|Influence of epibenthos on meiobenthos of the Ceriops tagal mangrove sediment at Gazi Bay, Kenya|
Schrijvers, J.; Okondo, J.; Steyaert, M.; Vincx, M. (1995). Influence of epibenthos on meiobenthos of the Ceriops tagal mangrove sediment at Gazi Bay, Kenya. Mar. Ecol. Prog. Ser. 128(1-3): 247-259
In: Marine Ecology Progress Series. Inter-Research: Oldendorf/Luhe. ISSN 0171-8630, more
|Also published as |
- Schrijvers, J.; Okondo, J.; Steyaert, M.; Vincx, M. (1995). Influence of epibenthos on meiobenthos of the Ceriops tagal mangrove sediment at Gazi Bay, Kenya, in: IZWO Coll. Rep. 25(1995). IZWO Collected Reprints, 25: pp. chapter 42, more
Benthos; Mangroves; Meiobenthos; Sediments; Ceriops tagal (Perr.) C.B. Robinson [WoRMS]; ISW, Kenya, Gazi Bay [Marine Regions]; Marine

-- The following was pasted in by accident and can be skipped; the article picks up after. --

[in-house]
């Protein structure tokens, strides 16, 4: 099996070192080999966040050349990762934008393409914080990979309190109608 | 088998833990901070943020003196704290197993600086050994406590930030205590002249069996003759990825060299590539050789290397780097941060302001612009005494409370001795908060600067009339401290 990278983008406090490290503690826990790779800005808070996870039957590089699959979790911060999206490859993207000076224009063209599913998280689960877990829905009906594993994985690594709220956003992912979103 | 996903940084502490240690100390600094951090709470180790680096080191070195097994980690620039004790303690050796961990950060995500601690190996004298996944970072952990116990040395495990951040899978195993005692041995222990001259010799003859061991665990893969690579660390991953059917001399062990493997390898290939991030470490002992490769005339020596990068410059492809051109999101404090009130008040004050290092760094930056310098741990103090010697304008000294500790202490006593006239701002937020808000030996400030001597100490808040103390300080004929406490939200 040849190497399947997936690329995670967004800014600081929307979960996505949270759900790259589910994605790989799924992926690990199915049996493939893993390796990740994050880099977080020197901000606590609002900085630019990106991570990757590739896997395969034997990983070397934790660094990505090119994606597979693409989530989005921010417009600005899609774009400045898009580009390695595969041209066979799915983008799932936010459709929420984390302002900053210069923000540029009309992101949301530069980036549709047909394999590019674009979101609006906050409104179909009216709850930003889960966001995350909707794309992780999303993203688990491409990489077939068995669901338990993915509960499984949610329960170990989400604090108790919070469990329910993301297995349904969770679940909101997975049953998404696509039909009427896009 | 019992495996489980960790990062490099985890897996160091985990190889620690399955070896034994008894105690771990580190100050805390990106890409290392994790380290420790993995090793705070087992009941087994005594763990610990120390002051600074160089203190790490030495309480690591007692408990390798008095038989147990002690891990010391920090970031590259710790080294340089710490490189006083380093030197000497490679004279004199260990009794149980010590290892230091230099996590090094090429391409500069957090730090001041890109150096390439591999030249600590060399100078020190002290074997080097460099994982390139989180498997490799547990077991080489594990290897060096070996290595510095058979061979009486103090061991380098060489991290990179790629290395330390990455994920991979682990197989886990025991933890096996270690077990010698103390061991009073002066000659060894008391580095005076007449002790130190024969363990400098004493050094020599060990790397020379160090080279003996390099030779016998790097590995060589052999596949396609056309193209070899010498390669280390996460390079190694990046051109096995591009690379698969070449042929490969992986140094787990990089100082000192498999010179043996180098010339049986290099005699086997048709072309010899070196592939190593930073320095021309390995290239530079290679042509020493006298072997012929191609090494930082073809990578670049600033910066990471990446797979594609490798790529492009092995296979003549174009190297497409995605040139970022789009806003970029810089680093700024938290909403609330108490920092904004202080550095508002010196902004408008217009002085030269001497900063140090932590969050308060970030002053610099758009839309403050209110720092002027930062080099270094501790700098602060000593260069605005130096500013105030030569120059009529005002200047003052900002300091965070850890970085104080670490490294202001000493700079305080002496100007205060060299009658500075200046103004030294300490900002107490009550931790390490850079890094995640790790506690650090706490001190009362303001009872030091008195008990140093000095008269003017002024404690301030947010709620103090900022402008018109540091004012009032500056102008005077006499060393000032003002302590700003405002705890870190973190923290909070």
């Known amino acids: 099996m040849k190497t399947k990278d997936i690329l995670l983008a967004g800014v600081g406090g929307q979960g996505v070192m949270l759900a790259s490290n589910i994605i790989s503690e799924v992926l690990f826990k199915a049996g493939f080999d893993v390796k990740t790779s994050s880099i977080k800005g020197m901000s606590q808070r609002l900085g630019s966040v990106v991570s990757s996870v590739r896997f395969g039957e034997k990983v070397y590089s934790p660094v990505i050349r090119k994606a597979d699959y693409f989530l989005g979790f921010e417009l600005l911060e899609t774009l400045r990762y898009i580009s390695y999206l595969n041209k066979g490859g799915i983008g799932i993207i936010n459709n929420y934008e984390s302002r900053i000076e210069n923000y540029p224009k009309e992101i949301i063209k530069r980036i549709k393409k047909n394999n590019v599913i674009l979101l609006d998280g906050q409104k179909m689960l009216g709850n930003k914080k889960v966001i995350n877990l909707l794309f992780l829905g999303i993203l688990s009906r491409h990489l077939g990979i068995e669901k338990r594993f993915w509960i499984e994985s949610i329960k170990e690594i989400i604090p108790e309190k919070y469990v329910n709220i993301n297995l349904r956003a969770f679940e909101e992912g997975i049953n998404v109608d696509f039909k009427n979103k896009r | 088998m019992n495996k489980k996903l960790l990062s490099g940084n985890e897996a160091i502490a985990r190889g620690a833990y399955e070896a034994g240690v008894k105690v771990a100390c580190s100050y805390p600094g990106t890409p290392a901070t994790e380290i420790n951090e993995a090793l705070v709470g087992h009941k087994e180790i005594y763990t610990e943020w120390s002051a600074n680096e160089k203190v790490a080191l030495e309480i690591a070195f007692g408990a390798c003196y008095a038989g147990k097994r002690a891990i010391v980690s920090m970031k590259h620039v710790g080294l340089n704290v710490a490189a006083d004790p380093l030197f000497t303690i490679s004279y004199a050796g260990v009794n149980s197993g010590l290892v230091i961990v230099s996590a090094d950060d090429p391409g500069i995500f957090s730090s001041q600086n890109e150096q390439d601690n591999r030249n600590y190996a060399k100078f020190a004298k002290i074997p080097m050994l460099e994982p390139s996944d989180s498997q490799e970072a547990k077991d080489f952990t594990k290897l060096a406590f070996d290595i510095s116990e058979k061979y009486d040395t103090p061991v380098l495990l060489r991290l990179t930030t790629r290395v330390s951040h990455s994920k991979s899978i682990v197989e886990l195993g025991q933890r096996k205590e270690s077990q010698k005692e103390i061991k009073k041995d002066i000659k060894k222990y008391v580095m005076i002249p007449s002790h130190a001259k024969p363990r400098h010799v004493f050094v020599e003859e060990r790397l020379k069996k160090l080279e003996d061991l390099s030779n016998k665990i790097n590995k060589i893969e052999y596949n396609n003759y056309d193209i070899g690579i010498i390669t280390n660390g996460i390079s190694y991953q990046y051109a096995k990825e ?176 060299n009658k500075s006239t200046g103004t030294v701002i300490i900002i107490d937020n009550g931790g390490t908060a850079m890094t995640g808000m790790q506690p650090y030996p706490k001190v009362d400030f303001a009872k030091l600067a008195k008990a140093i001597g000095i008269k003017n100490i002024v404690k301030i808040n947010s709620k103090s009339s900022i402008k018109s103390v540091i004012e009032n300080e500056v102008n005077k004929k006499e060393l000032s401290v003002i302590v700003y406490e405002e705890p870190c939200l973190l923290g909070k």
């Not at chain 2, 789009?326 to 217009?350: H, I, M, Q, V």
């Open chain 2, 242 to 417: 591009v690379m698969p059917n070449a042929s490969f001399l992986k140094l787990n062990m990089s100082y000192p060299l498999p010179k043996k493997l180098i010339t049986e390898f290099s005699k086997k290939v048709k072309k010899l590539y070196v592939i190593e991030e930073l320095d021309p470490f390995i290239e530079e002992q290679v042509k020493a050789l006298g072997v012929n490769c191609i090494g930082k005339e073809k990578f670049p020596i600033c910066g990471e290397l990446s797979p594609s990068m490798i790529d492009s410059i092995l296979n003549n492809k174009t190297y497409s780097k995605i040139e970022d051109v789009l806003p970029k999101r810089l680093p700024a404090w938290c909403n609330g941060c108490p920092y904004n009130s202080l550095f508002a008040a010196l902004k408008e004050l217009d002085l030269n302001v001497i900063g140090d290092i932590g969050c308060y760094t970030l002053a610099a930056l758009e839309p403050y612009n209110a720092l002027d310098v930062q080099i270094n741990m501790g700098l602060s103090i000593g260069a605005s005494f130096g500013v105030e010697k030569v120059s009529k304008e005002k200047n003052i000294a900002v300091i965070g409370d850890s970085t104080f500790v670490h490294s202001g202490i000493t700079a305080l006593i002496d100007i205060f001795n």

A cage experiment was used to exclude the epibenthos from the Ceriops tagal mangrove sediment at Gazi Bay, Kenya. This made it possible to study interactions with the meiobenthos (in terms of predation, food competition and food enhancement). The density of the meiobenthic taxa and nematode genera and a broad range of abiotic variables were followed in a depth profile over 1 yr of caging. There was a significant exclusion effect in the upper sediment layer for total meiofauna, nematodes and oligochaetes during the first 2 mo and for copepods during the last 6 mo of caging. The density of the most common predatory and microalgae-feeding nematodes in particular tended to increase in the surface layers as well as the percentage of muddy detritus and pigment concentration. Food competition with the epibenthos seems to be most important in structuring the nematode community. This is suggested by the parallel exclusion effect on muddy detritus, pigments and nematode composition and the lack of evidence for upward nematode migration in the cage during the experiment. The same can be concluded for the oligochaetes, whereas copepod densities are believed to be controlled more by predation. These findings indicate that the meiofauna community of the C. tagal mangrove sediment (consisting of about 95% nematodes and oligochaetes) is part of a rather isolated, detrital food web with only minor predator-prey interactions with the epibenthos.